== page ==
This case is important because it reveals that a homeowner may be responsible for injuries sustained to a contractor working on their premises if the homeowner is directing the work performed.
Thanks to Heather L. Aquino for her contribution to this post.
In Ibragimov v Town of N. Hempstead, the plaintiff, while at a picnic at Whitney Pond Park in Nassau County New York, tripped on an exposed tree root and fell after getting up from a picnic table. He filed a lawsuit in Nassau County Supreme Court against the Town of North Hempstead claiming the Town was negligent in the maintenance of the picnic area and the tree root was dangerous.
The Town filed a motion for summary judgment, arguing that the lawsuit should be dismissed because exposed tree root was an open and obvious condition which was inherent or incidental to the nature of the property; and that the exposed tree root was not inherently dangerous. The Supreme Court agreed with the Town of North Hempstead and granted the motion, dismissing the case.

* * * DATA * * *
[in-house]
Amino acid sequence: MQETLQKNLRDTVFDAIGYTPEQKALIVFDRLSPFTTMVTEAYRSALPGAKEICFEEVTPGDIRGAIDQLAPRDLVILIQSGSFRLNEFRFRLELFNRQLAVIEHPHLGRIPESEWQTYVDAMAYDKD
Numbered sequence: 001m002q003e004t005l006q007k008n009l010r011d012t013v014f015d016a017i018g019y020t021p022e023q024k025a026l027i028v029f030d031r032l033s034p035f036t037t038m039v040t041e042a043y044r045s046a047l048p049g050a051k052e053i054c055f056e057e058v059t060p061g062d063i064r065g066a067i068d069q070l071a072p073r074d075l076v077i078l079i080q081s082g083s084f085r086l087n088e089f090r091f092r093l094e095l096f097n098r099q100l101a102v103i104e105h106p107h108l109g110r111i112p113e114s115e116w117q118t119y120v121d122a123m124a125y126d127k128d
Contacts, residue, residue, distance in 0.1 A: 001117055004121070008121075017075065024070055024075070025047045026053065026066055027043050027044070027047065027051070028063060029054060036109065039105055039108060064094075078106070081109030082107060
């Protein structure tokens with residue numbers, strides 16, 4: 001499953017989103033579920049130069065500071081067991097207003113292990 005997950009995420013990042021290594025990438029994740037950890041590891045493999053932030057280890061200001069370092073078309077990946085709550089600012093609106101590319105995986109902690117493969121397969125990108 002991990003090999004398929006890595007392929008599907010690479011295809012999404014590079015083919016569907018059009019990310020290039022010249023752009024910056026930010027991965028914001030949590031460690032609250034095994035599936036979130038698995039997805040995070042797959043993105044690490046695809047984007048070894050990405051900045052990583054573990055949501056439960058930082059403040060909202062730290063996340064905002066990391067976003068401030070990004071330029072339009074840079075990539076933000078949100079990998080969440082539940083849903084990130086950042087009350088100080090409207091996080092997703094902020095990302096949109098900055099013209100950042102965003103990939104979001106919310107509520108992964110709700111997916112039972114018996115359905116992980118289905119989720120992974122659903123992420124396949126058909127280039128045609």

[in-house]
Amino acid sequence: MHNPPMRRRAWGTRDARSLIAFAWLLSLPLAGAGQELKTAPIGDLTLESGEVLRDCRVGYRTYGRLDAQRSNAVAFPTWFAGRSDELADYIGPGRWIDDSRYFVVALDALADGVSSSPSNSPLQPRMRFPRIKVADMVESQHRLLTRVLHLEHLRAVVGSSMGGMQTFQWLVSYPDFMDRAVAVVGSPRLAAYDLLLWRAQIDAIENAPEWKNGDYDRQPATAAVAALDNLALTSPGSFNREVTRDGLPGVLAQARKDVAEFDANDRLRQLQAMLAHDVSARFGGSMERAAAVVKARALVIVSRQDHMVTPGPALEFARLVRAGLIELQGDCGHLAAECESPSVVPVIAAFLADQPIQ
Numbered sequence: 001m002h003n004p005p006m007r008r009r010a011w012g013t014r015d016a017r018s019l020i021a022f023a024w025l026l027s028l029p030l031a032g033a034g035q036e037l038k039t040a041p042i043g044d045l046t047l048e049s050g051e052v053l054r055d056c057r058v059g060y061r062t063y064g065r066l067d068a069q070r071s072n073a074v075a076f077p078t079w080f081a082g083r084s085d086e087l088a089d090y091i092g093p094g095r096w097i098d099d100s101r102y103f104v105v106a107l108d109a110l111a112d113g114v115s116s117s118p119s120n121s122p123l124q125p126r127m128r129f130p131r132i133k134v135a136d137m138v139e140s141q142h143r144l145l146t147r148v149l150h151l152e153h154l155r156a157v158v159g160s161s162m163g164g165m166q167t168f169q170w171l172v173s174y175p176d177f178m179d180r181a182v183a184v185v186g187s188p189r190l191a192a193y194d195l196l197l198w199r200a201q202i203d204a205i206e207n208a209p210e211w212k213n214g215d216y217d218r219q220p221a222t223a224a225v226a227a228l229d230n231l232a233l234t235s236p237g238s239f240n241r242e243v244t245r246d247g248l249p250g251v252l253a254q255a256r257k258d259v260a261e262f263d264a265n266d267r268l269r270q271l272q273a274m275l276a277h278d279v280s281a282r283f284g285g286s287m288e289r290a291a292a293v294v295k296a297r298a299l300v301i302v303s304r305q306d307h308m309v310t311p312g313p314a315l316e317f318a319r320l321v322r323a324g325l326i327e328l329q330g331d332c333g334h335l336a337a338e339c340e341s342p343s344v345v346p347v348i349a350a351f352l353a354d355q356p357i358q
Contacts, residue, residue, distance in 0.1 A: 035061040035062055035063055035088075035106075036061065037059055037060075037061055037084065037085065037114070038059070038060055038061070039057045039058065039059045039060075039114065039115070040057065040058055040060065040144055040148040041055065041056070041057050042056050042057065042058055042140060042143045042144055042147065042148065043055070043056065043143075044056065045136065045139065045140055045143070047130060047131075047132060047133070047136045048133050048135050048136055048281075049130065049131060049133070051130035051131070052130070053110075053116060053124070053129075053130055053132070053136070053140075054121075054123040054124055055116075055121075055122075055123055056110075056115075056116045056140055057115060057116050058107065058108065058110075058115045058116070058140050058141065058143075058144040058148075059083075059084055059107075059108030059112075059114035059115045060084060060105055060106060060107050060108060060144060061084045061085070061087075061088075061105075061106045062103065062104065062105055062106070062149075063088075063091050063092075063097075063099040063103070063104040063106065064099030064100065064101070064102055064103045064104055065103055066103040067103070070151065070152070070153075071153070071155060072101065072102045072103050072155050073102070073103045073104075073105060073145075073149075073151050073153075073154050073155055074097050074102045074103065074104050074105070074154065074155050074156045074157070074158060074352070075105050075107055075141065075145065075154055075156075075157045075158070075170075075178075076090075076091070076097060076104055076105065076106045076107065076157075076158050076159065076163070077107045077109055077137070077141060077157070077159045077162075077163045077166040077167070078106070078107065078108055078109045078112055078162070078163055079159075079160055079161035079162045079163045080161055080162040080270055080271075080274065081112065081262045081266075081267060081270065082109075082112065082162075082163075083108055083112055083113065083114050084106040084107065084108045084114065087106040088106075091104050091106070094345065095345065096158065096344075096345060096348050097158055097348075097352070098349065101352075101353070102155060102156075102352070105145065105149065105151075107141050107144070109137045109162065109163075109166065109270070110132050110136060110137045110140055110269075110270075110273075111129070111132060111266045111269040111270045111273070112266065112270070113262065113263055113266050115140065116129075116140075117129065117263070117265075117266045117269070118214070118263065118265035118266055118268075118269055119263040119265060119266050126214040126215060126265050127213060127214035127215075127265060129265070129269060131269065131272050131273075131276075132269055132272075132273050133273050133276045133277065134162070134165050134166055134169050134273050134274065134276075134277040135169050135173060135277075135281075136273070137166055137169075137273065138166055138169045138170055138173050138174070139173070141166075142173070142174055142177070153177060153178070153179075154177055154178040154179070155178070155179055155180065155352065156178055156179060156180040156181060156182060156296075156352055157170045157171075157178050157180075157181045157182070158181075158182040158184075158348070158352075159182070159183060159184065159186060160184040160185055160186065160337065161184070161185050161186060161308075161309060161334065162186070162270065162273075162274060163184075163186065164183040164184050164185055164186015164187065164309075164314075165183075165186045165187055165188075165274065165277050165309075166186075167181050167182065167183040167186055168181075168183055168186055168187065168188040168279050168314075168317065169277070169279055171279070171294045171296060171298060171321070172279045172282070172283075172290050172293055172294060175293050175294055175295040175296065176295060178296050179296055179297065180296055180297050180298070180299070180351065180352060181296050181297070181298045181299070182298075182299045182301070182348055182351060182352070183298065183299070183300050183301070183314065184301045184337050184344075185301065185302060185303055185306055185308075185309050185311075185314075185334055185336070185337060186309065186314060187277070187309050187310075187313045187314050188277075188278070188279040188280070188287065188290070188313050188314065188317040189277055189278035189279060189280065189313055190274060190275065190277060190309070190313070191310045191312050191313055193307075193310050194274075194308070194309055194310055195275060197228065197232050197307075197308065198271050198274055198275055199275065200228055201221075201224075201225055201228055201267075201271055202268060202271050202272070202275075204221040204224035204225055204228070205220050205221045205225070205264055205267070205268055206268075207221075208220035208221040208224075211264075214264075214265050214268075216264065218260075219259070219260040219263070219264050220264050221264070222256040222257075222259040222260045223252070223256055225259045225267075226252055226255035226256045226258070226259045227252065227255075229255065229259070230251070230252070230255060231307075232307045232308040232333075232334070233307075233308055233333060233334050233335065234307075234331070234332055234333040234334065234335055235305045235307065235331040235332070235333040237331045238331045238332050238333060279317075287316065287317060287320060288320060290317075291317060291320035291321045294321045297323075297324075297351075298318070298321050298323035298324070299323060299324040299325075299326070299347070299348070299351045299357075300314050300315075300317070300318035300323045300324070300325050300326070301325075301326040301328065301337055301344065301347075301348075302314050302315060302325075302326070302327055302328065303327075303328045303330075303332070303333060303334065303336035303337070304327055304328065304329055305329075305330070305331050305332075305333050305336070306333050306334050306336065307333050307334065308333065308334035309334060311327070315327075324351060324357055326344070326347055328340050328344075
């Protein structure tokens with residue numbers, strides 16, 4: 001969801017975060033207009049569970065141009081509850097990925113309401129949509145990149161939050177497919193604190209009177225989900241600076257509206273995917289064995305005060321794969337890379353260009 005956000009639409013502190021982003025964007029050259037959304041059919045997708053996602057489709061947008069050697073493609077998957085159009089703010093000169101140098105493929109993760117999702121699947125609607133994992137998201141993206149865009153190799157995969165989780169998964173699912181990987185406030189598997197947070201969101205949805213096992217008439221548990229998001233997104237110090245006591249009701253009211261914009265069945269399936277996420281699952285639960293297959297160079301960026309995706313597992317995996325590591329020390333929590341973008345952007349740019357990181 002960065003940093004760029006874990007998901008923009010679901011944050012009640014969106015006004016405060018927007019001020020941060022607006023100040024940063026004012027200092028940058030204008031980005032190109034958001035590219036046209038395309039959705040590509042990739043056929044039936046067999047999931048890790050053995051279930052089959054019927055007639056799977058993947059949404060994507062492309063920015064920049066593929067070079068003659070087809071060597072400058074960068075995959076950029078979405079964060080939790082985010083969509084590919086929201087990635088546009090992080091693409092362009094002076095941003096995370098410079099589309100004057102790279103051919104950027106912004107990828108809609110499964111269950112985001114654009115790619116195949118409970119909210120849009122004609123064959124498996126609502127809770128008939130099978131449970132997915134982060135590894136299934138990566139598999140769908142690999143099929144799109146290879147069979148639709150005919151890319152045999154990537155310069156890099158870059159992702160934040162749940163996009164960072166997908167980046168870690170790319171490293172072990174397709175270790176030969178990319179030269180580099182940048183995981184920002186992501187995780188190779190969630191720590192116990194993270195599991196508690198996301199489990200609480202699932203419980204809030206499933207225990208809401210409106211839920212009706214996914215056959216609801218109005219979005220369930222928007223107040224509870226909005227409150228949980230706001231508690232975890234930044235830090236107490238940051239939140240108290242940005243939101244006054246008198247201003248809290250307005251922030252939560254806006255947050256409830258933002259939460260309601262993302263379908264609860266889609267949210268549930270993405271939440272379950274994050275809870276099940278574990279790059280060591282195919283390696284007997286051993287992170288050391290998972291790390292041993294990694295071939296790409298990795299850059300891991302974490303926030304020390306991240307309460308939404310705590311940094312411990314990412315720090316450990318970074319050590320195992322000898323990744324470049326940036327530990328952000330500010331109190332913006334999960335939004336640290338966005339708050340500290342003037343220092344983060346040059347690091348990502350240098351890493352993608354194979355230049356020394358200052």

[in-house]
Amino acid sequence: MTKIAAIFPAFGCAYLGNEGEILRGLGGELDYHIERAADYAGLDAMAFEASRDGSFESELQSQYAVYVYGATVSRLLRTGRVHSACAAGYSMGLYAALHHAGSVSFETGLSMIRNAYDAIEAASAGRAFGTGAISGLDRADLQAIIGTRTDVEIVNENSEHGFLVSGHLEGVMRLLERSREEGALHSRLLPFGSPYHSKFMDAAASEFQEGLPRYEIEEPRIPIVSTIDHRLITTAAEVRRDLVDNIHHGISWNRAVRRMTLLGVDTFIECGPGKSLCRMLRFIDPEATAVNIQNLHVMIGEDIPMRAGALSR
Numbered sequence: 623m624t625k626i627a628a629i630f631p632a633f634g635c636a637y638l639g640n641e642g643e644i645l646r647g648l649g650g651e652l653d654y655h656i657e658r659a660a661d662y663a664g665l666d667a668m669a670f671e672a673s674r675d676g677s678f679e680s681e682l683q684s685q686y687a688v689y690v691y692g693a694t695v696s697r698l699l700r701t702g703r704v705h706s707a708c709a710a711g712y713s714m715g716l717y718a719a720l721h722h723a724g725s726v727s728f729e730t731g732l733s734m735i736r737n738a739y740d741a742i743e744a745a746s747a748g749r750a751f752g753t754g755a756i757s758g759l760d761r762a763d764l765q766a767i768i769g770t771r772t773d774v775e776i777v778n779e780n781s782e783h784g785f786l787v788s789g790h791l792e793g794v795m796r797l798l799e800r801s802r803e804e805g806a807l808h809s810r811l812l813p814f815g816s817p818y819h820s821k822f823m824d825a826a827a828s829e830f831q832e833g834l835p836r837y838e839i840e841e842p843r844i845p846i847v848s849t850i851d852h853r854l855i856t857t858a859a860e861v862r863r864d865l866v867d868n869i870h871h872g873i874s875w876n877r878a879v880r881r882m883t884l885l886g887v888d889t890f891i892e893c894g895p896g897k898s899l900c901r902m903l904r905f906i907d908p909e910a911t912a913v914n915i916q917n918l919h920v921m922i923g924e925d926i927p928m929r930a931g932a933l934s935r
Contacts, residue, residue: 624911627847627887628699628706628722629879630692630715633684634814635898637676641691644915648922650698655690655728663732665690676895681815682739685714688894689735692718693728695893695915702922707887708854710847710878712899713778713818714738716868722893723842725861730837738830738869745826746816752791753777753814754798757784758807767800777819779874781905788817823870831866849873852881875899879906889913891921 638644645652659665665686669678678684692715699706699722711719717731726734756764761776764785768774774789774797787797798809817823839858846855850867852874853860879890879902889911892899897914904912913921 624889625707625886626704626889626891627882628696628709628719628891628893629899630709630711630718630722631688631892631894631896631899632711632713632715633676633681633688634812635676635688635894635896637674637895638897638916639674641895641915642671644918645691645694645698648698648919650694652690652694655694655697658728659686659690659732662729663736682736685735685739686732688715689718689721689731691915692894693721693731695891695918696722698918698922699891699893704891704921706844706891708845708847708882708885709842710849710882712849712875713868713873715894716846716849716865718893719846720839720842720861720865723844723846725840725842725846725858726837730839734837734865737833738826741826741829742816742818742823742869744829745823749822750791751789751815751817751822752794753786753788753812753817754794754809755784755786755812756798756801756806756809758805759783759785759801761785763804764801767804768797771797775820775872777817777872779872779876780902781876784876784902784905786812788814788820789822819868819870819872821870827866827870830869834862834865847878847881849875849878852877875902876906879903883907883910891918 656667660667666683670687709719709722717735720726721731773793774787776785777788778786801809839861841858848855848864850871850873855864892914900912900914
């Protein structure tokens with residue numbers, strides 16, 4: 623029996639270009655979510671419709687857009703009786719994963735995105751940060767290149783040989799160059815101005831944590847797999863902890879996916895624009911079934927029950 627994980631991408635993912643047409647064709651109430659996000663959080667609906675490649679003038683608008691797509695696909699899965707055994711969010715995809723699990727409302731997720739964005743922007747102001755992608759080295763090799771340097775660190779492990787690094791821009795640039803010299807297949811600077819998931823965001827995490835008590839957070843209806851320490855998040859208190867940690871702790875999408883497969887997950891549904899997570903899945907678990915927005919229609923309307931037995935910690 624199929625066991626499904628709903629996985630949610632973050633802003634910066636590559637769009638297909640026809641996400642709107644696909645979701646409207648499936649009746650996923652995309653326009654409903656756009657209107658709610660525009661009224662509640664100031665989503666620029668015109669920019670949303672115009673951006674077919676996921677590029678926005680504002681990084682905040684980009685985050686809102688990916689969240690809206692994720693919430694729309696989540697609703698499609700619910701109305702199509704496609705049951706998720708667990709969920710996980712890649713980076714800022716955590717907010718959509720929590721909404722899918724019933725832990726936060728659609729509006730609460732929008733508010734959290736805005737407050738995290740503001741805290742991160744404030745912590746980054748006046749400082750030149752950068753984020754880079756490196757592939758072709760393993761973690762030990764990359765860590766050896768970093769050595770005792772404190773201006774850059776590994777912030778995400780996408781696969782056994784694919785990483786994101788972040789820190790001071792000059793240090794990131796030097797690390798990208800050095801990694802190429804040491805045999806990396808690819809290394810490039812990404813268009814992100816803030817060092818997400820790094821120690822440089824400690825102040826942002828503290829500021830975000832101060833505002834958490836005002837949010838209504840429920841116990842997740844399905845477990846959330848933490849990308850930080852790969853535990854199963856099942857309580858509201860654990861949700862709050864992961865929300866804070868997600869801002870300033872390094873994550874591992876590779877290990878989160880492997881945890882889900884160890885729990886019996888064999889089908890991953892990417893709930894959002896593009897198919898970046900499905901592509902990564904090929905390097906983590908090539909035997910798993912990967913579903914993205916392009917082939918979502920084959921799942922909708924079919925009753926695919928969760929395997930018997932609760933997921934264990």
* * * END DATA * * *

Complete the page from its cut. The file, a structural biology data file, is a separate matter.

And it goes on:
The plaintiff appealed the dismissal, and the Appellate Division, Second Department, reviewed the case. The Appellate Division affirmed that a landowner has a duty to exercise reasonable care in maintaining its property in a safe condition under all of the circumstances, including the likelihood of injury to others, the seriousness of the potential injuries, the burden of avoiding the risk, and the foreseeability of a potential plaintiff’s presence on the property. However a landowner has no duty to protect or warn against an open and obvious condition that is inherent or incidental to the nature of the property, and that could be reasonably anticipated by those using it. The Court ruled that the tree root fell within this principle, known as the “open and obvious” rule. The Appellate Division agreed with the Supreme Court’s decision and affirmed the dismissal of the lawsuit based upon the open and obvious nature of the tree root in the picnic area of the park.
Thanks to George Parpas for his contribution to this post.